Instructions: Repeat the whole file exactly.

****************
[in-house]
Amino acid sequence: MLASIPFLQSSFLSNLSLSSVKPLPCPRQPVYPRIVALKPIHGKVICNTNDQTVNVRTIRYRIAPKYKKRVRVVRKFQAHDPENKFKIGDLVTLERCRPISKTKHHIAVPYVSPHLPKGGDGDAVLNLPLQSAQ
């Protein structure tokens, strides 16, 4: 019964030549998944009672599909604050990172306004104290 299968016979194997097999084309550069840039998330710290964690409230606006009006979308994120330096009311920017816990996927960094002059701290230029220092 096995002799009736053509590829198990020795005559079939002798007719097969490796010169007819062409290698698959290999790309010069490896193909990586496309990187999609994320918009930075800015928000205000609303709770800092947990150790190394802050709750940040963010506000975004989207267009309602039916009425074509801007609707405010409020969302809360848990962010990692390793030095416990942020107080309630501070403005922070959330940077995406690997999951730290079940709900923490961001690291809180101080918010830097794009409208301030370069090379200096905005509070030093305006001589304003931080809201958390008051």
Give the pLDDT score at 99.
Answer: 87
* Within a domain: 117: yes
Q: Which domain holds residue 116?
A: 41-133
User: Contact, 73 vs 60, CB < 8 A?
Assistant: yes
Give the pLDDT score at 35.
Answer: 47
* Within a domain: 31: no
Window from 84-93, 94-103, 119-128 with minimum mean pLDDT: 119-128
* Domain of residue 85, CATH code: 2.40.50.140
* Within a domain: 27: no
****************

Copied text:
[in-house]
Amino acid sequence: MLASIPFLQSSFLSNLSLSSVKPLPCPRQPVYPRIVALKPIHGKVICNTNDQTVNVRTIRYRIAPKYKKRVRVVRKFQAHDPENKFKIGDLVTLERCRPISKTKHHIAVPYVSPHLPKGGDGDAVLNLPLQSAQ
């Protein structure tokens, strides 16, 4: 019964030549998944009672599909604050990172306004104290 299968016979194997097999084309550069840039998330710290964690409230606006009006979308994120330096009311920017816990996927960094002059701290230029220092 096995002799009736053509590829198990020795005559079939002798007719097969490796010169007819062409290698698959290999790309010069490896193909990586496309990187999609994320918009930075800015928000205000609303709770800092947990150790190394802050709750940040963010506000975004989207267009309602039916009425074509801007609707405010409020969302809360848990962010990692390793030095416990942020107080309630501070403005922070959330940077995406690997999951730290079940709900923490961001690291809180101080918010830097794009409208301030370069090379200096905005509070030093305006001589304003931080809201958390008051």
Give the pLDDT score at 99.
Answer: 87
* Within a domain: 117: yes
Q: Which domain holds residue 116?
A: 41-133
User: Contact, 73 vs 60, CB < 8 A?
Assistant: yes
Give the pLDDT score at 35.
Answer: 47
* Within a domain: 31: no
Window from 84-93, 94-103, 119-128 with minimum mean pLDDT: 119-128
* Domain of residue 85, CATH code: 2.40.50.140
* Within a domain: 27: no